History Of climate

Background information on climate & climate change

 

 Weather and Climate  

Before we understand climate change and its effects, we must first understand what weather and climate are and how they change.

Weather is defined as the state of the atmosphere at a particular time, as defined by the various meteorological elements. It is generally described in short time frames - minutes, hours, days, and weeks

Climate is defined as the average weather over a long period of time (at least 30 years) of a certain place.

Climate System - Climate essentially relates to the varying states of the atmosphere only, the other parts of the climate system also have a significant role in forming climate, through their interactions with the atmosphere

Climate Change

Over decades and centuries, the world’s climate has had its own ways of changing naturally. However, in the late 1890’s, when the first coal power station was turned on and industrialisation started, people started burning large amounts of coal and oil to power their homes, factories and vehicles. Even today, most of the world relies on this fossil fuels for their energy needs releasing gases (mostly carbon dioxide) in to the atmosphere. These gases accumulate in the atmosphere causing concentrations to increase with time. These gases are able to trap the heat causing the earth to get warmer and warmer. The increase in the earth’s temperature is the main reason why the climate is changing. These gases are normally referred to as greenhouse gases (GHGs).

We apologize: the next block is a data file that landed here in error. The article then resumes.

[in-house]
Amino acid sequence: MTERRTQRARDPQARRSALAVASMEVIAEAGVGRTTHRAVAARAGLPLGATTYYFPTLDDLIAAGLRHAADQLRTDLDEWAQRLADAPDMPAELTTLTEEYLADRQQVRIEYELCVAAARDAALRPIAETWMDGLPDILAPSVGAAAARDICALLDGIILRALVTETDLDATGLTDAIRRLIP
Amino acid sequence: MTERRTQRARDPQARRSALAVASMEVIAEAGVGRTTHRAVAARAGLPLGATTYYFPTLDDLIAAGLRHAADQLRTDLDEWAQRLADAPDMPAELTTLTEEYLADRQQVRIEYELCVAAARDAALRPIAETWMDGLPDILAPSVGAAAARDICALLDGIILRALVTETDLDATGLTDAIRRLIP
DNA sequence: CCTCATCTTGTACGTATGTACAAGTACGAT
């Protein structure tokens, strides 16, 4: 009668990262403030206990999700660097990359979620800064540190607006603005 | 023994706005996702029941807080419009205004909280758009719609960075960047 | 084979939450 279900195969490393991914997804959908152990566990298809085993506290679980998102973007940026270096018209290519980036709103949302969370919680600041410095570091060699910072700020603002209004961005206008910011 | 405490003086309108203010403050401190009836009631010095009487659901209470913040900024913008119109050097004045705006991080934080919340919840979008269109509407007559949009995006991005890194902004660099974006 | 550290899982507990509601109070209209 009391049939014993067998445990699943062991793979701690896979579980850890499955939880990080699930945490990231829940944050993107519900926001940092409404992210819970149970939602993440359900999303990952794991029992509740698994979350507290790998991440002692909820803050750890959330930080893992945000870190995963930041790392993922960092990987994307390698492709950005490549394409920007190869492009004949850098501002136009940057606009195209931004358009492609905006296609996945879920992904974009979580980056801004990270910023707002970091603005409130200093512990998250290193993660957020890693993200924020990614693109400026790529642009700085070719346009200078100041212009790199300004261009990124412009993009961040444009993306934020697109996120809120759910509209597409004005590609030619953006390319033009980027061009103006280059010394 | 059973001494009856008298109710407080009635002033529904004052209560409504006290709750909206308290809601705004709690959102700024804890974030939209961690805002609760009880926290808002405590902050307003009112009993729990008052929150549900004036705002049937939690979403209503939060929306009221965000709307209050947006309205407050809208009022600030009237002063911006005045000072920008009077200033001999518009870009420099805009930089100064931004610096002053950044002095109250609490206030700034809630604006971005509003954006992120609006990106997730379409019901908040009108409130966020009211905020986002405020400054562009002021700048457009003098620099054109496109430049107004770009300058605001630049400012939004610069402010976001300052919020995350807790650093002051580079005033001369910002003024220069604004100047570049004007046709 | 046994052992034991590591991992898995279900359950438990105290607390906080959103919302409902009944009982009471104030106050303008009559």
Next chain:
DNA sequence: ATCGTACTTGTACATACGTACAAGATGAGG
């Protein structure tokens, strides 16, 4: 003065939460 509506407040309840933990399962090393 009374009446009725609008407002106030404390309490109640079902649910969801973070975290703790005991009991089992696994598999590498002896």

The World’s Response to Climate Change

In 1979, the First World Climate Conference identified climate change as an urgent world problem and issued a declaration calling on governments to anticipate and guard against potential climate hazards. In 1992, the United Nations Framework Convention on Climate Change (UNFCCC) was formed with the aim to stabilise greenhouse gases (GHGs in the atmosphere at a level that would prevent dangerous anthropogenic interference with the climate system. The Framework sets no binding limits on greenhouse gases and contains no enforcement mechanisms. Parties to the Convention have since met on an annual basis through the Conference of the Parties (COP) and take key decisions aimed at advancing effective implementation of the UNFCCC.

In 1995, Parties to UNFCCC established the Kyoto Protocol (KP). KP sets binding targets on developed country parties to reduce GHGs by at least 5% of their 1990 levels between 2008 - 2012 (the first commitment period). The KP entered into force in 1997. The second commitment period runs from 2013 - 2020 and is based on the Doha Amendment to the Protocol, which has not entered into force.

 

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